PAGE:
9,10] This subgroup has not yet
been identified, and therefore, it is
recommended that all patients should
complete radiation therapy following
breast-conserving therapy. This logic
leads us to the conclusion that the size
of the target requiring treatment following
lumpectomy is greater than
the lumpectomy cavity itself but less
than the whole breast.

Development of
Partial-Breast Irradiation

In the early 1990s, the problem of
physician and patient compliance with
recommended postlumpectomy radiotherapy
was confronted with a proposal
suggesting that if the target to
be treated following lumpectomy is
not the whole breast, but rather, a
reduced volume of breast tissue delineated
by a margin of tissue around
the lumpectomy cavity, then the treatment
time could possibly be reduced
to 5 days, ie, accelerated partial-breast
irradiation. Clinical data have documented
that the overwhelming majority
of in-breast failures following
breast-conservation therapy are in the
immediate vicinity of the lumpectomy
cavity (referred to as true recurrences).
Although the frequency of
these true recurrences is greatly reduced
with postlumpectomy radiotherapy,
the location of the majority
of in-breast failures remains at the
site of lumpectomy.[2,11,12]

Interestingly, the pattern of "elsewhere
failures" (in-breast failures remote
from the site of lumpectomy)
remains infrequent (< 5%) and unaltered
with the addition of externalbeam
radiotherapy. These data support
the concept that the impact of whole
wholebreast
radiotherapy is exclusively at
the site of the original primary lesion
and that it does not have the ability to
prevent new primary disease from
arising elsewhere in the breast at a
later date.[13] The clinical failure pattern
data suggest that accelerated
partial-breast irradiation should be
successful and equivalent to standard
whole-breast radiotherapy. However,
delineation of the target requiring
treatment is not yet clearly defined.

Shortcomings of
Pathologic Studies

There has been considerable speculation
on how far microscopic disease
might extend from the cavity
edge. The most logical place to look
for guidance in defining the target
would be the pathologic literature, but
little contemporary guidance is available.
The classic pathologic studies
examining mastectomy specimens are
now over 20 years old. It would be
inappropriate to extrapolate the findings
from these studies to patients
treated in the modern era, where advanced
mammographic technology
allows earlier detection, and modern
surgical and pathologic techniques
enable the removal of malignant lesions
with microscopically negative
margins. Unfortunately, there is a paucity
of contemporary pathologic studies
that address this question.

To date, three published studies
have focused on the distance of microscopic
disease extension from the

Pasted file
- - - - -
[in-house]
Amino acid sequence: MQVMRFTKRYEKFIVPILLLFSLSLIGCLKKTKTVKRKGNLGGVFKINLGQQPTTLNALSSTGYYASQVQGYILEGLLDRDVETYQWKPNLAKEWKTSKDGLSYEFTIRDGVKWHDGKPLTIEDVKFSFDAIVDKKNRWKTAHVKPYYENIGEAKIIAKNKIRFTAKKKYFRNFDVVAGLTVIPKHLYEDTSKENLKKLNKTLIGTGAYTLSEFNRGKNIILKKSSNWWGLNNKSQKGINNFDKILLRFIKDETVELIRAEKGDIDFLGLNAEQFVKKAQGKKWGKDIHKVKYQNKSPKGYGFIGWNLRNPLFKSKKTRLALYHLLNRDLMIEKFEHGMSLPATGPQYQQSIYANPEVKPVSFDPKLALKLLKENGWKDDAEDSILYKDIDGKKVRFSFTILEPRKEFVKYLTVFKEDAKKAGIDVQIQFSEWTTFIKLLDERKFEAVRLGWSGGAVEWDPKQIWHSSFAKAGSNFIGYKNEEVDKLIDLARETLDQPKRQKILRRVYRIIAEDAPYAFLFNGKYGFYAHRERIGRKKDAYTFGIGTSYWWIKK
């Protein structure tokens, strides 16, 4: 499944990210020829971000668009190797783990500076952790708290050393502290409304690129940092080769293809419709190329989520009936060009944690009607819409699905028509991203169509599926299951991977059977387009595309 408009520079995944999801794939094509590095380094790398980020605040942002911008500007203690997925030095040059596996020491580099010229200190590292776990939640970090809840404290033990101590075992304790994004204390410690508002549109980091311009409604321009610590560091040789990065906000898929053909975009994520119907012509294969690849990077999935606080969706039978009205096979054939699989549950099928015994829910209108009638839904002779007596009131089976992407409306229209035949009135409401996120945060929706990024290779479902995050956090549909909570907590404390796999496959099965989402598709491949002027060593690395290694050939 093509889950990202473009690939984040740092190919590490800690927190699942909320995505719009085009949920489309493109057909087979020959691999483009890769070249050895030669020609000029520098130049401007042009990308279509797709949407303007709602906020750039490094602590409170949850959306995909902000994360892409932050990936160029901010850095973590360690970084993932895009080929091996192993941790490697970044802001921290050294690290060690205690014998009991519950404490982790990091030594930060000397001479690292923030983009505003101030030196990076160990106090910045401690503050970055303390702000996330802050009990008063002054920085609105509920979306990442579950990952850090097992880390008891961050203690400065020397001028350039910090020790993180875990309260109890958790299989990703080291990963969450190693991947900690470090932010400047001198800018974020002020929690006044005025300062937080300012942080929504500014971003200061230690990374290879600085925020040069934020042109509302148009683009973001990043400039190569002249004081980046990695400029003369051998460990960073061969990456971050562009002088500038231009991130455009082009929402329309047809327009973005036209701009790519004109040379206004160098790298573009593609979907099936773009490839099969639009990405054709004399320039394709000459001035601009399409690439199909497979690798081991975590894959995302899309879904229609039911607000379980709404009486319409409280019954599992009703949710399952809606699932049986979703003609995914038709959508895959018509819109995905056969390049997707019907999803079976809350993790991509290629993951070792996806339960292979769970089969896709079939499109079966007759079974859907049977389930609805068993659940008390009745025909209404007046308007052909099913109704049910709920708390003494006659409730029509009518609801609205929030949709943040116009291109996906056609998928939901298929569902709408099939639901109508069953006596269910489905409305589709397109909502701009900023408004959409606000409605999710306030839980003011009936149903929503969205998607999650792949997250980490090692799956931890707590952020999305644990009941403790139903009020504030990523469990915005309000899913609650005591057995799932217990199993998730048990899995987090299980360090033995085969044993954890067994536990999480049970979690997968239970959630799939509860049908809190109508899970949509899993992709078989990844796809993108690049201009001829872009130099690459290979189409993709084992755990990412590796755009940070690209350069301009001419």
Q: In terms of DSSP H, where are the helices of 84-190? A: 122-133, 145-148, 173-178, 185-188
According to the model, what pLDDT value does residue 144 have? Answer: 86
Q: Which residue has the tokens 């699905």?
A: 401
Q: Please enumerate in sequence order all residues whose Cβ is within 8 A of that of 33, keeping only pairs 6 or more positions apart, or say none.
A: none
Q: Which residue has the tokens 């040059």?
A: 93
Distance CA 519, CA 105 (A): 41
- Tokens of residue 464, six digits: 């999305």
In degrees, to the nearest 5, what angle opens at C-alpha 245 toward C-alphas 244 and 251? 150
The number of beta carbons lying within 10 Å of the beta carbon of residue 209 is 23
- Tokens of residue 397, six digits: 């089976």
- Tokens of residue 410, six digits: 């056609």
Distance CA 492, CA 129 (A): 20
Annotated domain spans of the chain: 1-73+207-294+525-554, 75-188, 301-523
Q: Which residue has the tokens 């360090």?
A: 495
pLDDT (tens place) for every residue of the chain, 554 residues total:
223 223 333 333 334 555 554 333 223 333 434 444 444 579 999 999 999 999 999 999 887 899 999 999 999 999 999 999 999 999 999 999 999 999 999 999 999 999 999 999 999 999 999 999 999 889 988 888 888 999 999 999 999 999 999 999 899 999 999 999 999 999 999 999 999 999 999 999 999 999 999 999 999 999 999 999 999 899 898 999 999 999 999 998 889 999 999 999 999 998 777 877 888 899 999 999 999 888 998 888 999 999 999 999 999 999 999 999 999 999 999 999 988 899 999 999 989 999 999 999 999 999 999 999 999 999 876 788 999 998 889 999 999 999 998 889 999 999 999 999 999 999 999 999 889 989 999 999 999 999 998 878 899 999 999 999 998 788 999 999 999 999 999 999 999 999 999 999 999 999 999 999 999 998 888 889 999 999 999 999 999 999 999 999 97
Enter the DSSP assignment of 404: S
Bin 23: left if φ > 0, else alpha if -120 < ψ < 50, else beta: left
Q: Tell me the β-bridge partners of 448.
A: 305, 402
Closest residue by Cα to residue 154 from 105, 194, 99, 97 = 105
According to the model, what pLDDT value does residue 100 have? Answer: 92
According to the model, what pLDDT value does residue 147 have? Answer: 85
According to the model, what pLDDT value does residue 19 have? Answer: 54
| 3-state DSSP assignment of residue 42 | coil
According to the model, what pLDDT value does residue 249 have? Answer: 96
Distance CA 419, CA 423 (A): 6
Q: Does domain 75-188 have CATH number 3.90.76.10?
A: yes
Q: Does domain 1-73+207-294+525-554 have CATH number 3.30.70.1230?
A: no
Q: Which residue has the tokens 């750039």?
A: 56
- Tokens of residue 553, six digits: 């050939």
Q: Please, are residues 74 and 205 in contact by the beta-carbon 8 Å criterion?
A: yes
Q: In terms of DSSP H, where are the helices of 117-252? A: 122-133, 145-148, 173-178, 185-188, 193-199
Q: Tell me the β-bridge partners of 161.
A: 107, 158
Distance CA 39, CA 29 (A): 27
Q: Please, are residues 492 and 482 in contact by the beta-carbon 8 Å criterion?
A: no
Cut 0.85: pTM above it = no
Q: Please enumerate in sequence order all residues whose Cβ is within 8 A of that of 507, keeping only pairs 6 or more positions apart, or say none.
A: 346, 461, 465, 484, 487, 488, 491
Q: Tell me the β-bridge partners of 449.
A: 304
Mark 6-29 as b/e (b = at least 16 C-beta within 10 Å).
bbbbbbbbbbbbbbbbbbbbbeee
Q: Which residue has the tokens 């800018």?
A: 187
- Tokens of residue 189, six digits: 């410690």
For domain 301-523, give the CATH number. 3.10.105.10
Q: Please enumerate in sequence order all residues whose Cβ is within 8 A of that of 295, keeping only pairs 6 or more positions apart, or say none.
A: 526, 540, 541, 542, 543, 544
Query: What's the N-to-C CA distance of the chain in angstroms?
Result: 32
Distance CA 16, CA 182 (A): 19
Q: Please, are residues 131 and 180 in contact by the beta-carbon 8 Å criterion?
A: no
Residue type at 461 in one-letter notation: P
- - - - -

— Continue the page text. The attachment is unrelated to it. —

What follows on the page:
primary lesion.[14-16] These studies
suggest that the microscopic extension
of disease beyond the primary
lesion is no greater than 1 cm in a
population of patients more than 45
to 50 years old. The maximal disease
extension in younger patients was documented
to be beyond 1 cm. Limitations
of these studies include low
patient numbers, measurement of the
extension of ductal carcinoma in situ
only, and difficulty in extrapolating
the measured distance from the edge
of the primary lesion to a case where
the surgeon obtained a negative microscopic
margin.

Although these pathologic studies
can be criticized as to their relevance,
they support the concept of limitedfield
radiotherapy following lumpec-
tomy for early-stage breast cancer.
Relevant pathologic studies refuting
the concept of accelerated partialbreast
irradiation and supporting the
need for whole-breast radiotherapy
have not been identified.

Accelerated Partial-Breast
Irradiation

For accelerated partial-breast irradiation
to be accepted into the common
practice of radiation oncology,
treatment techniques that are safe and
reproducible need to be available, and
data demonstrating equivalence to
standard breast-conservation therapy
must be reported. Presently, reports
in the literature begin to support both
of these requirements. Brachytherapy,
three-dimensional (3D) externalbeam,
and intraoperative radiotherapy
have been the three accelerated partial-
breast irradiation treatment approaches
investigated.

Brachytherapy
In the United States, a fractionated
course of high-dose-rate brachytherapy
has been the primary focus
of treatment delivery. Multicatheter
brachytherapy was the initial treatment
technique used at the onset of
accelerated partial-breast irradiation
and is the technique used in the experiences
reported with the longest
follow-up. Guidelines for implant construction
were based on the experience
generated from the era prior to
the widespread use of electrons, when
multicatheter brachytherapy was used
to deliver a boost dose to the surgical
bed in addition to whole-breast radiotherapy.

Building on this experience, coupled
with the brachytherapy-only
guidelines for sarcoma treatment from
Memorial Sloan-Kettering, a dose of
45 Gy low-dose-rate brachytherapy
was delivered to the surgical bed plus
a 1-to 2-cm margin.[17] Over time,
this was converted to high-dose-rate
brachytherapy for added control over